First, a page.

Oceans and coasts support our communities and our economy, but they are under immediate and increasing threat from multiple overlapping pressures, including climate change, pollution, invasive species, habitat and biodiversity loss, and a growing population with greater infrastructure needs. This strategy recognises that our natural environment, will play a central role in forcing sustainability transitions, and that the time frame for achieving this change is urgent – we must address the blue economy and resilient coastal communities in order to achieve sustainable oceans and coasts for Australia.
Download paper >

8 Determining the Shoreline Retreat Rate of Australia Using Discrete and Hybrid Bayesian Networks

Evaluating shoreline retreat rate (SRR) on different spatial-temporal scales is critical for effective coastal management. Large-scale evaluations typically rely on data-driven methods such as Discrete Bayesian networks (BNs). Here, the authors propose a new method, the Hybrid BN to incorporate continuous variables without discretization. Findings indicated BNs can reflect the impact of different factors on coastal evolution, and predict future shoreline change by exploring historical data.
Download paper >
(only abstract and highlights are accessible free online)


1 In search of social sustainability in marine spatial planning: A review of scientific literature published 2005–2020

The authors examined how social sustainability was addressed in 310 peer reviewed scientific articles on marine/maritime spatial planning (MSP) and show that very few papers published between 2005 and 2020 developed a coherent framework for engaging with social sustainability. Since the papers mostly addressed particular social concerns (e.g., participation and engagement, equity and social justice, socio-cultural values and preferences), there is a need for both the academic and practice-based communities to address how the multidimensions of social sustainability interact with each other, as well as with economic and environmental aspects of marine planning and governance.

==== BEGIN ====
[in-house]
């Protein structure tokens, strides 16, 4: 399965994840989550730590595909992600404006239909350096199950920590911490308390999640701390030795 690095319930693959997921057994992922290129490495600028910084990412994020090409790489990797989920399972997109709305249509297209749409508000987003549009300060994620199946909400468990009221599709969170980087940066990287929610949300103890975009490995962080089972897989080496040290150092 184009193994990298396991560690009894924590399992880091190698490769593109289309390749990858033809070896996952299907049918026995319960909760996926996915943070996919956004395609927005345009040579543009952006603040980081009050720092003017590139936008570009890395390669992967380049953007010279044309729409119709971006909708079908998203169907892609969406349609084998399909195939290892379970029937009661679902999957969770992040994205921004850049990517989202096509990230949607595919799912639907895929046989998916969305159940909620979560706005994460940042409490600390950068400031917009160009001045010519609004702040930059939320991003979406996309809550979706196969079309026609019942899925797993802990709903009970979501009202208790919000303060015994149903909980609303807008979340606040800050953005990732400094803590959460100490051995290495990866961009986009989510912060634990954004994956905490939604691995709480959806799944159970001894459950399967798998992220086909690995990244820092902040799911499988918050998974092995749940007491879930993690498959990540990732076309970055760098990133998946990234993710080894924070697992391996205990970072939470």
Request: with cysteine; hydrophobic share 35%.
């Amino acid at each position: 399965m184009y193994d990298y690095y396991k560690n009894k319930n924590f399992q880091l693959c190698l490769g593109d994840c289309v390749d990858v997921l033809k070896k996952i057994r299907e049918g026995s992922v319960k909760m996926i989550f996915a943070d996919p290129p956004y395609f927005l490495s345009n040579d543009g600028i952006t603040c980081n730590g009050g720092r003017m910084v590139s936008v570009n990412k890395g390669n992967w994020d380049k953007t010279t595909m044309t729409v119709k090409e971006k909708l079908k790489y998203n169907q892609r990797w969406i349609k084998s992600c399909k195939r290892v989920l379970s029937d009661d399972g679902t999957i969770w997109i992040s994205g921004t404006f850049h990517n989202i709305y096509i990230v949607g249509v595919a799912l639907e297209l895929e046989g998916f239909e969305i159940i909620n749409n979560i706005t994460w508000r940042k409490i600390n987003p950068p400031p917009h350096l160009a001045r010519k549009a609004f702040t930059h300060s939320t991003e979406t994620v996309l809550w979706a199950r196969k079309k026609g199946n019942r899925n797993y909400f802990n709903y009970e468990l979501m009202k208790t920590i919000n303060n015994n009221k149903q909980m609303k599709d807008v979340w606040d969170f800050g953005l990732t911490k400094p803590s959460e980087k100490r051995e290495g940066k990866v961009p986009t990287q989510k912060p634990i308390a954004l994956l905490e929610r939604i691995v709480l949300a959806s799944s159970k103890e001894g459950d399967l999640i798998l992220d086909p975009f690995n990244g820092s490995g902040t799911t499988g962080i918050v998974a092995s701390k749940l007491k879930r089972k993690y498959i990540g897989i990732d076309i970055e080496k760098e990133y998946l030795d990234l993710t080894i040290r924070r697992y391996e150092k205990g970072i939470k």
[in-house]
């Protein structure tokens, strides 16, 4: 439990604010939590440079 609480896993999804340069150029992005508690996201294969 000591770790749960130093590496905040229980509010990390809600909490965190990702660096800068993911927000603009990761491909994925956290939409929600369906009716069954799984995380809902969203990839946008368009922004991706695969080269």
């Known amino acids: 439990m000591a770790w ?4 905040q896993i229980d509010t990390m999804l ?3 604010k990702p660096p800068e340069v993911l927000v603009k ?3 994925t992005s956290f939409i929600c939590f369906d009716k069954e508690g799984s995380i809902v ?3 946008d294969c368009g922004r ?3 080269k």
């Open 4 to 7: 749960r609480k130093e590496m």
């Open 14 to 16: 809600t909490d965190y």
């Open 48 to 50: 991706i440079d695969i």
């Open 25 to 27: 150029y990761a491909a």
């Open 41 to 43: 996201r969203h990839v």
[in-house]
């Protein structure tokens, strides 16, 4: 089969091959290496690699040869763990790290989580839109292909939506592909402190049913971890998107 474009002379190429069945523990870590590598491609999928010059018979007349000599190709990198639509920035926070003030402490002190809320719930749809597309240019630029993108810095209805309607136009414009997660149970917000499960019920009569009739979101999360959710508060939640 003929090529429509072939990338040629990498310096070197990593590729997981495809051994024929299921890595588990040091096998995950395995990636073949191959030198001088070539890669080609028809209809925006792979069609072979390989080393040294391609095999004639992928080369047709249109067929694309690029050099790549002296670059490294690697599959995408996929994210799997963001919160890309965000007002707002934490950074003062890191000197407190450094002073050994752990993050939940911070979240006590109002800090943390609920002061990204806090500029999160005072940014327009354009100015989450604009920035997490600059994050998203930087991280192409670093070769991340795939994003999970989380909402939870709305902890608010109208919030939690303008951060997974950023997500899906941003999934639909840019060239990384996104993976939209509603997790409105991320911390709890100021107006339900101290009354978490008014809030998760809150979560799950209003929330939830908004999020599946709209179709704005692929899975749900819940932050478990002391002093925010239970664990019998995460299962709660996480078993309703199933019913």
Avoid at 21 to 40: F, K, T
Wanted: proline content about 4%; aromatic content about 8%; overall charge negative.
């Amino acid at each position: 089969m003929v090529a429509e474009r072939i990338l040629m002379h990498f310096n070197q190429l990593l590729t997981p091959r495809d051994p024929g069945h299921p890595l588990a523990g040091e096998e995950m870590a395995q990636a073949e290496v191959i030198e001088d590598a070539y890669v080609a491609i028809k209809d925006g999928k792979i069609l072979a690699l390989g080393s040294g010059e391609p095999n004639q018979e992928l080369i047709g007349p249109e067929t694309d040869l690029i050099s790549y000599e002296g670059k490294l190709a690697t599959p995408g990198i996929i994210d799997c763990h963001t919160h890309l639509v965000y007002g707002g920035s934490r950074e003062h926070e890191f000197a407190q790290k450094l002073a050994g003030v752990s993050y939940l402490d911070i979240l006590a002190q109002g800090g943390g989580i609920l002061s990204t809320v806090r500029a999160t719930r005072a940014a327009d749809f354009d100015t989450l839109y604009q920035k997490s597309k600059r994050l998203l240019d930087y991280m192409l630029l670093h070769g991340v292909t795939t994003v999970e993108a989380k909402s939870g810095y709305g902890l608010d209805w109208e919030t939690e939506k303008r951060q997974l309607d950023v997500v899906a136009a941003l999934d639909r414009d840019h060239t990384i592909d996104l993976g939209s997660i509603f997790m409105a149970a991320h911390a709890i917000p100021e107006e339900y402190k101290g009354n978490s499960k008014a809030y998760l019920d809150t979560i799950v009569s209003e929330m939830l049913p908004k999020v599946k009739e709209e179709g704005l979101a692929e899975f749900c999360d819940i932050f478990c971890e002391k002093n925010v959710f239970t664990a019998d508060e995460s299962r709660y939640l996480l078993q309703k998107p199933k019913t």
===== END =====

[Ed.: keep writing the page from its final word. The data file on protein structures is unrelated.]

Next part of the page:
Download paper >

2 Marine Spatial Planning cross-border cooperation in the ‘European Macaronesia Ocean’: A participatory approach

Marine Spatial Planning (MSP) generally includes ecological, physical processes and administrative jurisdictions of multiple countries, which creates a complex challenge for the transboundary cooperation. To achieve coherent MSP processes in shared marine socio-ecological systems, a pilot programme with early stakeholders’ involvement was created, to reach consensus and develop cross-border mechanisms, in archipelagic remote regions with no visible maritime borders (Azores, Madeira and Canary Islands).
Download paper >

That’s it from us.

Take a moment to enjoy the commentary from Nautilus scientists in Hawaii as they encounter a mysterious deep sea fish putting on a show, these guys love their job! From National Geographic on YouTube.

Keep us updated on what you are up to …

Thank you for reading WA Coastal News

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This newsletter is produced by ACS (Australian Coastal Society Ltd) in partnership with CMCN (Western Australian Coastal and Marine Network).
Thankyou to the Western Australian Planning Commission and the CoastWest grant program for supporting WA Coastal News.

WA Coastal News acknowledges the traditional owners and custodians of the lands and coastlines of Western Australia. We pay our respects to the Elders past, present and emerging as we share knowledge and care for the land and waters of this state.


Copyright (C) 2021 Australian Coastal Society WA. All rights reserved.